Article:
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Steven A. Brandt et al., Early MIS 3 occupation of Mochena Borago Rockshelter, Southwest Ethiopian Highlands, Implications for Late Pleistocene archaeology, paleoenvironments and modern human dispersals. Quaternary International 274 (2012), 38–54.
Steven A. Brandt, Erich C. Fisher, Elisabeth A. Hildebrand, Ralf Vogelsang, Stanley H. Ambrose, Joséphine Lesur & Hong Wang
Between 70 and 50 ka BP, anatomically modern humans dispersed across and out of Africa to eventually populate all inhabitable continents. Knowledge of paleoenvironments and human behavioral patterns in Africa prior to and during these dispersals is crucial for understanding how and why hunter-gatherers were able to adapt rapidly to the new environments they encountered. However, few well-dated sites from this time period are known from the Horn of Africa, one of the purported staging areas for population movements into southern Arabia and Asia. Excavations at Mochena Borago Rockshelter, situated on the western slopes of a dormant volcano where the SW Ethiopian Highlands meet the Ethiopian Rift, have yielded the first securely dated archaeological sequence for later periods of the dispersal. Three major lithostratigraphic groups incorporating occupational episodes have yielded charcoal radiocarbon ages 53–38 ka calBP; deeper deposits have been tested but remain undated. Archaeological assemblages consist mainly of obsidian flaked stone artifacts manufactured from small, minimally prepared, single- to multi-platform flake cores; radially prepared cores are rare and blade cores are absent. Small unifacial to bifacial points from non-radial cores dominate the earliest shaped tool assemblages, and backed pieces first appear by 45 ka calBP. By 43 ka calBP, scrapers and backed pieces are predominant, rather than points. However, there is little evidence for technological change other than the appearance of bipolar technology. Mochena Borago’s archaeological sequence thus cannot be neatly classified as Middle Stone Age, Later Stone Age or “transitional” and calls into question some of the principles by which archaeologists have attempted to classify African toolmaking traditions.
Jeffrey J. McDonnell, Creating a research brand. science 349 (2015), 758.
The trick is to find the optimal research brand width: too broad and you blend in with others and lack a niche to carve out; too narrow and you seem too limited. You want some connection to your adviser’s research brand, but you also want to move in a new direction that honors your unique skills. The old adage “only do what only you can do” can be helpful as you ponder this.
Michael Peer, Roy Salomon, Ilan Goldberg, Olaf Blanke & Shahar Arzy, Brain system for mental orientation in space, time, and person. PNAS 112 (2015), 11072–11077.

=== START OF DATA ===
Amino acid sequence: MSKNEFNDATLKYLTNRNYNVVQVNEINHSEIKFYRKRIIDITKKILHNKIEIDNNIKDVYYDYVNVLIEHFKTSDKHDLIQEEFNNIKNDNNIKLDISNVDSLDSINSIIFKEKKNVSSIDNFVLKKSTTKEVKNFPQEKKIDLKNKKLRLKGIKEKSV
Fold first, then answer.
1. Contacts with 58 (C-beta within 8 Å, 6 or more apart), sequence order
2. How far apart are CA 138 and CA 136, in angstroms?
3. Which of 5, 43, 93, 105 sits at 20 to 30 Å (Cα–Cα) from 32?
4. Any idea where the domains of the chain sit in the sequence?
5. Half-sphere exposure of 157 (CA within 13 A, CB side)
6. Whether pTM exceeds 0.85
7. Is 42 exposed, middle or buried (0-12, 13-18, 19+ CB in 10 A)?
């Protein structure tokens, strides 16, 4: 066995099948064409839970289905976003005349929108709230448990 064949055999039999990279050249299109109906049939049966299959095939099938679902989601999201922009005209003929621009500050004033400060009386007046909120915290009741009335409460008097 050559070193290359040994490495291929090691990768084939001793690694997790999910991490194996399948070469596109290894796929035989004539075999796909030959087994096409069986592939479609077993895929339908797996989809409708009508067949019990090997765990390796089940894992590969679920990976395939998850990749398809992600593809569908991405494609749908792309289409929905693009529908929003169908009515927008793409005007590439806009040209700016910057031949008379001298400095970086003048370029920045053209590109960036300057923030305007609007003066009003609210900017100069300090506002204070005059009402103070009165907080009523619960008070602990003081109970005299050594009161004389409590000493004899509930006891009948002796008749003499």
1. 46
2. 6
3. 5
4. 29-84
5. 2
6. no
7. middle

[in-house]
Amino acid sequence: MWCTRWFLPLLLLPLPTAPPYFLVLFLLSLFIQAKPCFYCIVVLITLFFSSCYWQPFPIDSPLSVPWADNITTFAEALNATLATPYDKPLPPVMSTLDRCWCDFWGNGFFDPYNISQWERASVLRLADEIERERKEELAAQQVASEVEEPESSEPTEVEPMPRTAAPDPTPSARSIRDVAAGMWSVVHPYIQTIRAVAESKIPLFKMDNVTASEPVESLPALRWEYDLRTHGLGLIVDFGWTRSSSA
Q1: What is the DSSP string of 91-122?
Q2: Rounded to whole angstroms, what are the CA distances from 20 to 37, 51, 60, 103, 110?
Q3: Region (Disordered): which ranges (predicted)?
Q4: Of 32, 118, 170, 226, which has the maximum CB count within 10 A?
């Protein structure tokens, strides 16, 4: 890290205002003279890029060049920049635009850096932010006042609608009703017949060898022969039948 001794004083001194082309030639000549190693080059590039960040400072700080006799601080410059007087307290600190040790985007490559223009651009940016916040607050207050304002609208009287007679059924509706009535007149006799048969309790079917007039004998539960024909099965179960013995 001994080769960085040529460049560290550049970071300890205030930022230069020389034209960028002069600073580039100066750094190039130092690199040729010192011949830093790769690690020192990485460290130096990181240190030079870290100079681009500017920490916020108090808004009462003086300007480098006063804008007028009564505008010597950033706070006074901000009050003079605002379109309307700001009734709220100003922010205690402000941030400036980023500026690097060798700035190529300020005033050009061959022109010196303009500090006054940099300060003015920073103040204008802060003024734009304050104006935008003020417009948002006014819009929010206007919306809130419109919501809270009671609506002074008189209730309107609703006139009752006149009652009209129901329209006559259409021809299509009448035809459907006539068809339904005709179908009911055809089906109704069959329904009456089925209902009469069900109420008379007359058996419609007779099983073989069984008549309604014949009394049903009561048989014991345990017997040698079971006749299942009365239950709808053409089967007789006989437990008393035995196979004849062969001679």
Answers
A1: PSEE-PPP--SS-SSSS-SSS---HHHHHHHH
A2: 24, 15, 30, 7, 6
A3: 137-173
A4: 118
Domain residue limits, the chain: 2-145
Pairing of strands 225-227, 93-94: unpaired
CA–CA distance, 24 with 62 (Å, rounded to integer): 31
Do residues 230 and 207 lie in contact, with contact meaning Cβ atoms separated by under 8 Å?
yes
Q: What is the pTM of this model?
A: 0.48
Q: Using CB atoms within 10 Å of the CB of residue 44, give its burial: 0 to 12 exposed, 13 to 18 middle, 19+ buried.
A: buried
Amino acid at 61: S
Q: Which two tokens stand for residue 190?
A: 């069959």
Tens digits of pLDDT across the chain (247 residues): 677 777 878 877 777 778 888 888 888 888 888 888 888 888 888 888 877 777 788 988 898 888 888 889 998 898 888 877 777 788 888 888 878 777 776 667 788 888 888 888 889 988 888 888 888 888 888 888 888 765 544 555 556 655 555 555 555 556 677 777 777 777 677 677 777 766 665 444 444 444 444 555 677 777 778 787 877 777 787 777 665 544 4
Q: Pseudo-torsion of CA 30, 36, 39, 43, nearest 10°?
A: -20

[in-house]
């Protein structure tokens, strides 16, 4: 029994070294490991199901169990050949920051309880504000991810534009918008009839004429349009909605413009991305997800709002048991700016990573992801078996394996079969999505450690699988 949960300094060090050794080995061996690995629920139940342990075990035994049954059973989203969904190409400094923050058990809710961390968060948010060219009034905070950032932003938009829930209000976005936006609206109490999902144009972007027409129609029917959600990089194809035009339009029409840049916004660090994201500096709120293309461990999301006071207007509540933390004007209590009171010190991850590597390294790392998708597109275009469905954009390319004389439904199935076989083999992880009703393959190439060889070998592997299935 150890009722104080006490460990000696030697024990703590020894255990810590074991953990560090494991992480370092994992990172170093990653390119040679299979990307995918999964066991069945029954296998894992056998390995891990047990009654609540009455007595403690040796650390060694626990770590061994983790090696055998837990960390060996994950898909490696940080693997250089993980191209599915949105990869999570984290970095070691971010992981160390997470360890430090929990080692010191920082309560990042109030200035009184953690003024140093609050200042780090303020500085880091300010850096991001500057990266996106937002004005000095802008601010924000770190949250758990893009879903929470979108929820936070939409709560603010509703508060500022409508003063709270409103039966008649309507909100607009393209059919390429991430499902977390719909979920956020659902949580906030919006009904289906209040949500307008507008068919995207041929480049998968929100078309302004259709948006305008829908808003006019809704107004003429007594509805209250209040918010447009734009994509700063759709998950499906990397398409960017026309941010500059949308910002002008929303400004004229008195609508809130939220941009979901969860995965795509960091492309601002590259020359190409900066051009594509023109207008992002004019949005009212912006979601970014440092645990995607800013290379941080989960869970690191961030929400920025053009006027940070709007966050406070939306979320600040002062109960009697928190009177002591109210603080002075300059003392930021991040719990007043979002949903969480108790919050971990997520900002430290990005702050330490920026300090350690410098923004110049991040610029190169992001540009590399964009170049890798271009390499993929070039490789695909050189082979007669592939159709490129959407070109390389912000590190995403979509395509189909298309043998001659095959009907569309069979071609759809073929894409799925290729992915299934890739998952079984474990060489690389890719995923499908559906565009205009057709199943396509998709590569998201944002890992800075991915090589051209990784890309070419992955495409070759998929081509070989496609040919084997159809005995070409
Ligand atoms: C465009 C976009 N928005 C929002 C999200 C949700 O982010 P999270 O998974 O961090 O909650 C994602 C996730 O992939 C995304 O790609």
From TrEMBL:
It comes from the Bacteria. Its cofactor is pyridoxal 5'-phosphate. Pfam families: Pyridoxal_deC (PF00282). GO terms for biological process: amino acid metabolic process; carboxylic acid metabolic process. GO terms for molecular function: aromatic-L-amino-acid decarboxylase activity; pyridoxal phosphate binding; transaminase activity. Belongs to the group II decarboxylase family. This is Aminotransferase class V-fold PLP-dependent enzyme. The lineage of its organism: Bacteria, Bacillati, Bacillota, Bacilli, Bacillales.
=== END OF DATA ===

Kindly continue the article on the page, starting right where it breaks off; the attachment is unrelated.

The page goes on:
Orientation is a fundamental mental function that processes the relations between the behaving self to space (places), time (events), and person (people). Behavioral and neuroimaging studies have hinted at interrelations between processing of these three domains. To unravel the neurocognitive basis of orientation, we used high-resolution 7T functional MRI as 16 subjects compared their subjective distance to different places, events, or people. Analysis at the individual-subject level revealed cortical activation related to orientation in space, time, and person in a precisely localized set of structures in the precuneus, inferior parietal, and medial frontal cortex. Comparison of orientation domains revealed a consistent order of cortical activity inside the precuneus and inferior parietal lobes, with space orientation activating posterior regions, followed anteriorly by person and then time. Core regions at the precuneus and inferior parietal lobe were activated for multiple orientation domains, suggesting also common processing for orientation across domains. The medial prefrontal cortex showed a posterior activation for time and anterior for person. Finally, the default-mode network, identified in a separate resting-state scan, was active for all orientation domains and overlapped mostly with person-orientation regions. These findings suggest that mental orientation in space, time, and person is managed by a specific brain system with a highly ordered internal organization, closely related to the default-mode network.
Keywords: cognitive map | disorientation | precuneus | default network | fMRI
Significance: Processing of spatial, temporal, and social relations relies on mental cognitive maps, on which the behaving self is oriented relative to different places, events, and people. Using high-resolution functional MRI scanning in individual subjects, we show that mental orientation in space, time, and person produces a sequential posterior–anterior pattern of activity in each participant’s brain. These activations are adjacent and partially overlapping, highlighting the relation between mental orientation in these domains. Furthermore, the activity is highly overlapping with the brain’s default-mode network, a system involved in selfreferential processing. These findings may shed new light on fundamental cognitive processing of space, time, and person and alter our understanding of disorientation phenomena in neuropsychiatric disorders such as Alzheimer’s disease.